• To overstay your visa is a violation. Once you leave the country again after doing so, they will probably find out that you did it—and this can mean being barred from re-entering the U.S. for up to ten years. (This is why many “illegal immigrants” are said to have come to the U.S. legally—they simply overstay a legal visa—and also why most are afraid to return to their home countries: they will most likely be barred from returning to the U.S. once they leave, but if they can avoid getting picked up for anything else (such as drunk driving or domestic violence), they can remain in the U.S. indefinitely.
  • Visas define what you are able to do while in the country—work, study, travel, etc. To work while on a tourist visa is a violation. To enroll in school while on a different kind of visa is a violation, etc.)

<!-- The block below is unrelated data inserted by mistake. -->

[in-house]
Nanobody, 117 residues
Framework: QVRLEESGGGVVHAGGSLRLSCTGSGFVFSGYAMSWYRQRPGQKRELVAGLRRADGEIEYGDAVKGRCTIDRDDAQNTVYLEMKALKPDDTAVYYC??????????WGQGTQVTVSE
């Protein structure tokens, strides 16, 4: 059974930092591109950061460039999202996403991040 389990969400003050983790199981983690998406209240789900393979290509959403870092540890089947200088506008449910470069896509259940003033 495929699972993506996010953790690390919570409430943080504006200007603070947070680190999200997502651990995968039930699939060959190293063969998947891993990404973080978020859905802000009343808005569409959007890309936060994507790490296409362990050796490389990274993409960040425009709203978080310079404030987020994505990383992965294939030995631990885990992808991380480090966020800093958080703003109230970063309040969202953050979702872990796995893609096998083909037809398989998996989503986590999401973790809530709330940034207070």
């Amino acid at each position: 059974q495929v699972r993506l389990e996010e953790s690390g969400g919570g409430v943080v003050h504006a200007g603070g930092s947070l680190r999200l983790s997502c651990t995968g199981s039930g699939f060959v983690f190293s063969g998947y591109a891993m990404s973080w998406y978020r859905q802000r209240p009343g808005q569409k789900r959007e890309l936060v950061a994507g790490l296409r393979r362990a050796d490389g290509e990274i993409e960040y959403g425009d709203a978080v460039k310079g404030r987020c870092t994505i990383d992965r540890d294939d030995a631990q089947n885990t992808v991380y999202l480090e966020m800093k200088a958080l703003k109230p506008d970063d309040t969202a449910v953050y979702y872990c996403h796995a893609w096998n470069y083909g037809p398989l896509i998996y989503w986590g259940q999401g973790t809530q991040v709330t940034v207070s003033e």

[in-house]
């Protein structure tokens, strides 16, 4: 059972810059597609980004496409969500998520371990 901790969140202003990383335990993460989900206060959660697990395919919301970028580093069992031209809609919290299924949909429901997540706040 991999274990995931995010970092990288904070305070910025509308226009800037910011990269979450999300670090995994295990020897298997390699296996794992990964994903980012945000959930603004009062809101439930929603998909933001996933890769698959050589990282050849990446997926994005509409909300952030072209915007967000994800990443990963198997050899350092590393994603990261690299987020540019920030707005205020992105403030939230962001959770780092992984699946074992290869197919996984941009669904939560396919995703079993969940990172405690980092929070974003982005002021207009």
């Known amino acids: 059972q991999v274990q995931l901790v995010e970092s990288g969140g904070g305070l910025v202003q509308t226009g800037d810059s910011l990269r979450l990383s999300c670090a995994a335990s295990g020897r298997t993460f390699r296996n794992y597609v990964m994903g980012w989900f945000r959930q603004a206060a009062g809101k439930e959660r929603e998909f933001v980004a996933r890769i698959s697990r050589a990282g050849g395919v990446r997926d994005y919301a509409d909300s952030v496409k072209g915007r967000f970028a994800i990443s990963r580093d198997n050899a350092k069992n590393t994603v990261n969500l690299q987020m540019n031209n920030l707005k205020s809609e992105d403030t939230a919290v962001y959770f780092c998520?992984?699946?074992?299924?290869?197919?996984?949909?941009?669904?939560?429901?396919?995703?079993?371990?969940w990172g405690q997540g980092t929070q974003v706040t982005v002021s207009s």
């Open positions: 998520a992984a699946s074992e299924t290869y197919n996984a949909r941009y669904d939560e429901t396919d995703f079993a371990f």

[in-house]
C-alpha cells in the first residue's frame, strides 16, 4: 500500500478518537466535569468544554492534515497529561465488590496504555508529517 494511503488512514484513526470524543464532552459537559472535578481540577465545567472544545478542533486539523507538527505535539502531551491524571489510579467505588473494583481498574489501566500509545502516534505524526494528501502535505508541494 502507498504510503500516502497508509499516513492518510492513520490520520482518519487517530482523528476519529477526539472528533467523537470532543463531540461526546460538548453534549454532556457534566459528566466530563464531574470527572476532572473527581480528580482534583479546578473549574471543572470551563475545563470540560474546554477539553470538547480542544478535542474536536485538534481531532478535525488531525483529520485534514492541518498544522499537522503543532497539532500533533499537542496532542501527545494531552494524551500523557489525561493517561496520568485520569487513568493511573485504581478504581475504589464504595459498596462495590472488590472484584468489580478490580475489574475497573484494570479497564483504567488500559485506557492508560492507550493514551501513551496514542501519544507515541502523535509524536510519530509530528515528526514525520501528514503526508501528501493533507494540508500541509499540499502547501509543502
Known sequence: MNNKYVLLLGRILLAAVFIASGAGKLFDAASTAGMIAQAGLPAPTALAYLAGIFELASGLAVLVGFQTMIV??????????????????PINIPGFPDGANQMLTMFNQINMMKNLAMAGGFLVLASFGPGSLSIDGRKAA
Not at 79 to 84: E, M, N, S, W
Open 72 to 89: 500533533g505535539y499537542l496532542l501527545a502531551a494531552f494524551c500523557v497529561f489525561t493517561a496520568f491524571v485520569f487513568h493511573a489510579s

• The immigration officer’s goal is to ascertain that you intend to return to your home country. Any evidence to the contrary can be grounds to not admit you. So, for example, “but you have to let me back in—I’m in love with an American” is not a good argument to try. Money talks—if you have money in the bank to support yourself, and a return ticket home, you are less likely to arouse suspicion.
  • If you want to extend your visa or change your status—i.e. from a visitor’s visa to a work visa—you have to either petition the USCIS, for a fee of $300 and with a window of several months before your visa end-date, OR leave the country and, upon re-entry, activate your new visa, which you must have had the foresight to apply for when you were back in your home country.

Jodi has been working at the summer camp where we met for several years, and over those years has spent a lot of time in the U.S. So she knew to come armed with a second visa in her passport to complement her J-1 (her camp work visa): the B-1/B-2, for temporary “business, tourism, pleasure, or visiting.” Unlike hapless Visa Waiver Program visitors who decide they want to stay longer than three months, she should theoretically be able to leave the U.S. on her J-1 visa and re-enter on her B-1/B-2 visa.